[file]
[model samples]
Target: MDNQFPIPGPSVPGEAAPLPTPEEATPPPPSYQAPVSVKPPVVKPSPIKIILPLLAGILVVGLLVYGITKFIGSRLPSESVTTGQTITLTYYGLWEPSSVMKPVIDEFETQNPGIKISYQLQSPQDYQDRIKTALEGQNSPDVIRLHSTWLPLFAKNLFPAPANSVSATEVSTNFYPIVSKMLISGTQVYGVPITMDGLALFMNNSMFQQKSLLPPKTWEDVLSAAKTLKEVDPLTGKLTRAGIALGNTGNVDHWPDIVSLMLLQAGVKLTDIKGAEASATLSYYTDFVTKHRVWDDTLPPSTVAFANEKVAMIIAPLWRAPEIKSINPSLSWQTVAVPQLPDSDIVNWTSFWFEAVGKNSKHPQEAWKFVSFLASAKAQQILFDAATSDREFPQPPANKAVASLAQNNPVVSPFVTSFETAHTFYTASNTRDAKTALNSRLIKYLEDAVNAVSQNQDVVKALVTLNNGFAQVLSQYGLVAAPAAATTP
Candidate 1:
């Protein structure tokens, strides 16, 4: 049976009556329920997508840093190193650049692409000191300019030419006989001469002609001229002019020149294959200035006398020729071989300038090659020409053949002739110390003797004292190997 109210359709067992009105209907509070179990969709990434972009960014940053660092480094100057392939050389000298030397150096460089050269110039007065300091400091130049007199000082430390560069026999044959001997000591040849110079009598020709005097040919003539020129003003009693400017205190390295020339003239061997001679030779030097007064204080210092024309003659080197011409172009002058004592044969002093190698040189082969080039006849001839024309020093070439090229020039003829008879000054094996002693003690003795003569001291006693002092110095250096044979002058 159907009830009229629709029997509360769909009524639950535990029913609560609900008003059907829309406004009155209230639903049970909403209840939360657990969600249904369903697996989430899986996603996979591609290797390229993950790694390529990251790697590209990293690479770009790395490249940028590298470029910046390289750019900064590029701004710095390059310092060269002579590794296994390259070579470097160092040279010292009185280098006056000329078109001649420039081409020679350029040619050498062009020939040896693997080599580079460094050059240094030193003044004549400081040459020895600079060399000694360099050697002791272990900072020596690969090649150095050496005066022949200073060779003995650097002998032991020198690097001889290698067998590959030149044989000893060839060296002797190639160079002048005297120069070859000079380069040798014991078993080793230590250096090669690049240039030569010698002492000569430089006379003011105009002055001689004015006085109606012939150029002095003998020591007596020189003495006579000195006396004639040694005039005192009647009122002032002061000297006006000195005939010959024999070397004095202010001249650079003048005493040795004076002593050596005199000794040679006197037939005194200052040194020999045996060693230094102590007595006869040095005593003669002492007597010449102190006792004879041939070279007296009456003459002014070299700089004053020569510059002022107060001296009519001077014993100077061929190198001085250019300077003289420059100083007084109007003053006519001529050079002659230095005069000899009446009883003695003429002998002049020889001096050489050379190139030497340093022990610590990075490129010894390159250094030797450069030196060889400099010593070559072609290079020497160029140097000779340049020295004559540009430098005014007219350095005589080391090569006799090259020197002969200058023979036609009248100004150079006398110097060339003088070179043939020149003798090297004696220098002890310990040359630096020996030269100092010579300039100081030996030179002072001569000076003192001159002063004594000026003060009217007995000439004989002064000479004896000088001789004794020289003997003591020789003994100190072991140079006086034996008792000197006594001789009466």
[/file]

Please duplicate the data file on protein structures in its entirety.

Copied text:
[model samples]
Target: MDNQFPIPGPSVPGEAAPLPTPEEATPPPPSYQAPVSVKPPVVKPSPIKIILPLLAGILVVGLLVYGITKFIGSRLPSESVTTGQTITLTYYGLWEPSSVMKPVIDEFETQNPGIKISYQLQSPQDYQDRIKTALEGQNSPDVIRLHSTWLPLFAKNLFPAPANSVSATEVSTNFYPIVSKMLISGTQVYGVPITMDGLALFMNNSMFQQKSLLPPKTWEDVLSAAKTLKEVDPLTGKLTRAGIALGNTGNVDHWPDIVSLMLLQAGVKLTDIKGAEASATLSYYTDFVTKHRVWDDTLPPSTVAFANEKVAMIIAPLWRAPEIKSINPSLSWQTVAVPQLPDSDIVNWTSFWFEAVGKNSKHPQEAWKFVSFLASAKAQQILFDAATSDREFPQPPANKAVASLAQNNPVVSPFVTSFETAHTFYTASNTRDAKTALNSRLIKYLEDAVNAVSQNQDVVKALVTLNNGFAQVLSQYGLVAAPAAATTP
Candidate 1:
């Protein structure tokens, strides 16, 4: 049976009556329920997508840093190193650049692409000191300019030419006989001469002609001229002019020149294959200035006398020729071989300038090659020409053949002739110390003797004292190997 109210359709067992009105209907509070179990969709990434972009960014940053660092480094100057392939050389000298030397150096460089050269110039007065300091400091130049007199000082430390560069026999044959001997000591040849110079009598020709005097040919003539020129003003009693400017205190390295020339003239061997001679030779030097007064204080210092024309003659080197011409172009002058004592044969002093190698040189082969080039006849001839024309020093070439090229020039003829008879000054094996002693003690003795003569001291006693002092110095250096044979002058 159907009830009229629709029997509360769909009524639950535990029913609560609900008003059907829309406004009155209230639903049970909403209840939360657990969600249904369903697996989430899986996603996979591609290797390229993950790694390529990251790697590209990293690479770009790395490249940028590298470029910046390289750019900064590029701004710095390059310092060269002579590794296994390259070579470097160092040279010292009185280098006056000329078109001649420039081409020679350029040619050498062009020939040896693997080599580079460094050059240094030193003044004549400081040459020895600079060399000694360099050697002791272990900072020596690969090649150095050496005066022949200073060779003995650097002998032991020198690097001889290698067998590959030149044989000893060839060296002797190639160079002048005297120069070859000079380069040798014991078993080793230590250096090669690049240039030569010698002492000569430089006379003011105009002055001689004015006085109606012939150029002095003998020591007596020189003495006579000195006396004639040694005039005192009647009122002032002061000297006006000195005939010959024999070397004095202010001249650079003048005493040795004076002593050596005199000794040679006197037939005194200052040194020999045996060693230094102590007595006869040095005593003669002492007597010449102190006792004879041939070279007296009456003459002014070299700089004053020569510059002022107060001296009519001077014993100077061929190198001085250019300077003289420059100083007084109007003053006519001529050079002659230095005069000899009446009883003695003429002998002049020889001096050489050379190139030497340093022990610590990075490129010894390159250094030797450069030196060889400099010593070559072609290079020497160029140097000779340049020295004559540009430098005014007219350095005589080391090569006799090259020197002969200058023979036609009248100004150079006398110097060339003088070179043939020149003798090297004696220098002890310990040359630096020996030269100092010579300039100081030996030179002072001569000076003192001159002063004594000026003060009217007995000439004989002064000479004896000088001789004794020289003997003591020789003994100190072991140079006086034996008792000197006594001789009466």